On December 17, 2013, a Turkish prosecutor launched an investigation of corruption in high places that named names, and among the names were business and government leaders close to the Turkish president, Recep Tayyip Erdogan. In reaction, Erdogan accused followers of Fethullah Gulen, an immensely influential Turkish imam even though he lives in Pennsylvania, of plotting a coup. Erdogan and Gulen had been allies up to this point, and when the president turned against the imam everyone in Gulen's orbit became suspect. That orbit conspicuously contained the Zaman newspapers.

Balci says his media group turned against Erdogan's Justice and Development Party because its eyes were opened, not because Gulen gave marching orders. "We'd given them full-hearted support believing this government was clean, not corrupt," he said. "We were shocked. The point is, the decision to split from the Justice and Development party line came from the editorial board of the Zaman media group—because we felt betrayed."

Reading his statement outside the consulate, Balci recalled that betrayal. "Instead of trying to prove his innocence in front of the judge," said Balci, "Mr. Erdogan decided to fight dirty and forged a story whereby Zaman media group and Samanyolu broadcasting group was claimed to have perpetuated a plot against the elected government. Just because of our legitimate criticism of the governmental policies we were labeled as traitors or agents of foreign countries."

There was no response from inside the consulate. I called asking for comment but the consulate didn't call back.

The situation in Turkey is tangled. The New Yorker's Jenna Krajeski reports that when Gulen and Erdogan were allies, Zaman championed Erdogan's Justice and Development Party and skewed its coverage accordingly; but when Erdogan fell out with Gulen the Zaman papers fell out with Erdogan. Krajeski speaks with a columnist at another newspaper who recalls political trials a few years ago when Zaman's coverage was—in the view of many Turkish journalists—shameless. But that was then. Now solidarity is necessary—though it isn't easy. "It's a very difficult dilemma for us," says the columnist, "because we are fully aware that Zaman was silent [during the earlier trials]. They were not only silent, but also complicit. They applauded the arrests. We are very aware of that."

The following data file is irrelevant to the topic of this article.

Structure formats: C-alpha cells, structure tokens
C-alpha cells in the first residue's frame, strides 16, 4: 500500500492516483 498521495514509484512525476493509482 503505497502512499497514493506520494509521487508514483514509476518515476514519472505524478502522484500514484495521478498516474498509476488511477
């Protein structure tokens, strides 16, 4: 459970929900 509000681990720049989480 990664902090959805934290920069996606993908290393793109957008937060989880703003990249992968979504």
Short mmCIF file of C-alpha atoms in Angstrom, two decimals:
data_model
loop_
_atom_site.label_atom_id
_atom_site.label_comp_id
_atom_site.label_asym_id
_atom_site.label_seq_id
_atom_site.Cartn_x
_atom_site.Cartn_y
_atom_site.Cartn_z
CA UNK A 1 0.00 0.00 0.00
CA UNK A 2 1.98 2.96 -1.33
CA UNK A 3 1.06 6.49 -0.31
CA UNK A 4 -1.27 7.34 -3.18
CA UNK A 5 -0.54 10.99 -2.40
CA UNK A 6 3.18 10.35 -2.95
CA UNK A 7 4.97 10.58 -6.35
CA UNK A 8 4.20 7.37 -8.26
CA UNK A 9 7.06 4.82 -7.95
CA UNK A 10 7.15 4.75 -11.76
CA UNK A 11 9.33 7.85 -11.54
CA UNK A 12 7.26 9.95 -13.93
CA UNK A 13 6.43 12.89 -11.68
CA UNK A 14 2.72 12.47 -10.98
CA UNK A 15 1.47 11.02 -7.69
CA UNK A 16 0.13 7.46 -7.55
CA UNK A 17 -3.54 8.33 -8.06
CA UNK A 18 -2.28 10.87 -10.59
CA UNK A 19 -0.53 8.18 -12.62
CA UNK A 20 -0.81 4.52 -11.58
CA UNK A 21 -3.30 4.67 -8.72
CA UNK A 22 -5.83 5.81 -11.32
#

"But today is a different matter."

Balci agreed that it is. "Three years ago," he told me, "two Turkish journalists were detained unlawfully, and my media group was not able to support those two journalists because then we were giving our support to Justice and Development. It was a mistake on our side. We apologized to those journalists and to the Turkish media scene. They think we didn't protest that time so we don't have a right to their support this time." Balci's reply? "We failed the previous test but, OK—[if you don’t stand with us] you fail this test. The Turkish media scene is almost totally under the control of the president."

He said that if he's detained he could be held for up to four days before he'd have to appear before a judge. The judge could then order his formal arrest, and if that happened he could sit in jail up to five years while the prosecutor prepared a final indictment.